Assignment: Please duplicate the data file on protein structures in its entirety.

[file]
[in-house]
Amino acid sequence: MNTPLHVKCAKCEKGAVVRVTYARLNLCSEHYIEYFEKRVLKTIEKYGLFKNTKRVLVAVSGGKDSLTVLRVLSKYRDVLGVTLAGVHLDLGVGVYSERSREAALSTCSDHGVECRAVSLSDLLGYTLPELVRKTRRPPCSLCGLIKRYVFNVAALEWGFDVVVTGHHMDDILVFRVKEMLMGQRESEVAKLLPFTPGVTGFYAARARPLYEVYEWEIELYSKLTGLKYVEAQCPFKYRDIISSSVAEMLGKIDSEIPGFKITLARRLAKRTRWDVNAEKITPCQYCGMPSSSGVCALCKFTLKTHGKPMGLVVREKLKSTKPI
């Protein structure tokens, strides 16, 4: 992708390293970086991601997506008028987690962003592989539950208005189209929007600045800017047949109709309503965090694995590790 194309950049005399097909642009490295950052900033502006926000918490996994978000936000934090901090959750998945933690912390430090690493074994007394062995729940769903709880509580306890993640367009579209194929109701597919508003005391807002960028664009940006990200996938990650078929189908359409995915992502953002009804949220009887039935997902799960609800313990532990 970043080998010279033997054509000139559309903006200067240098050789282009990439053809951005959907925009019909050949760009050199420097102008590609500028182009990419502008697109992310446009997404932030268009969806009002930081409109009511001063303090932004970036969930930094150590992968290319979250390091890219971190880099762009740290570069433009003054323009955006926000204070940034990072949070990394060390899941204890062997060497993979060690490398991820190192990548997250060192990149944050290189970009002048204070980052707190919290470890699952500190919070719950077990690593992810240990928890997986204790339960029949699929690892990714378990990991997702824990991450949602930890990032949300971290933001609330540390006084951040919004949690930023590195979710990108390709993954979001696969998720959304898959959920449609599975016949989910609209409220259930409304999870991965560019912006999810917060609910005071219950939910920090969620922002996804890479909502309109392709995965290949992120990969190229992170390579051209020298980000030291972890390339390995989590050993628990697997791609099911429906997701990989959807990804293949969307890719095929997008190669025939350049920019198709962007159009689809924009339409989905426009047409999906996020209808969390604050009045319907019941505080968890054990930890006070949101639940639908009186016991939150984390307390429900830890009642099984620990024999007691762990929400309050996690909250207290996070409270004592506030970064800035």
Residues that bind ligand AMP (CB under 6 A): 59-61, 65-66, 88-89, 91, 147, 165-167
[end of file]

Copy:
[in-house]
Amino acid sequence: MNTPLHVKCAKCEKGAVVRVTYARLNLCSEHYIEYFEKRVLKTIEKYGLFKNTKRVLVAVSGGKDSLTVLRVLSKYRDVLGVTLAGVHLDLGVGVYSERSREAALSTCSDHGVECRAVSLSDLLGYTLPELVRKTRRPPCSLCGLIKRYVFNVAALEWGFDVVVTGHHMDDILVFRVKEMLMGQRESEVAKLLPFTPGVTGFYAARARPLYEVYEWEIELYSKLTGLKYVEAQCPFKYRDIISSSVAEMLGKIDSEIPGFKITLARRLAKRTRWDVNAEKITPCQYCGMPSSSGVCALCKFTLKTHGKPMGLVVREKLKSTKPI
């Protein structure tokens, strides 16, 4: 992708390293970086991601997506008028987690962003592989539950208005189209929007600045800017047949109709309503965090694995590790 194309950049005399097909642009490295950052900033502006926000918490996994978000936000934090901090959750998945933690912390430090690493074994007394062995729940769903709880509580306890993640367009579209194929109701597919508003005391807002960028664009940006990200996938990650078929189908359409995915992502953002009804949220009887039935997902799960609800313990532990 970043080998010279033997054509000139559309903006200067240098050789282009990439053809951005959907925009019909050949760009050199420097102008590609500028182009990419502008697109992310446009997404932030268009969806009002930081409109009511001063303090932004970036969930930094150590992968290319979250390091890219971190880099762009740290570069433009003054323009955006926000204070940034990072949070990394060390899941204890062997060497993979060690490398991820190192990548997250060192990149944050290189970009002048204070980052707190919290470890699952500190919070719950077990690593992810240990928890997986204790339960029949699929690892990714378990990991997702824990991450949602930890990032949300971290933001609330540390006084951040919004949690930023590195979710990108390709993954979001696969998720959304898959959920449609599975016949989910609209409220259930409304999870991965560019912006999810917060609910005071219950939910920090969620922002996804890479909502309109392709995965290949992120990969190229992170390579051209020298980000030291972890390339390995989590050993628990697997791609099911429906997701990989959807990804293949969307890719095929997008190669025939350049920019198709962007159009689809924009339409989905426009047409999906996020209808969390604050009045319907019941505080968890054990930890006070949101639940639908009186016991939150984390307390429900830890009642099984620990024999007691762990929400309050996690909250207290996070409270004592506030970064800035």
Residues that bind ligand AMP (CB under 6 A): 59-61, 65-66, 88-89, 91, 147, 165-167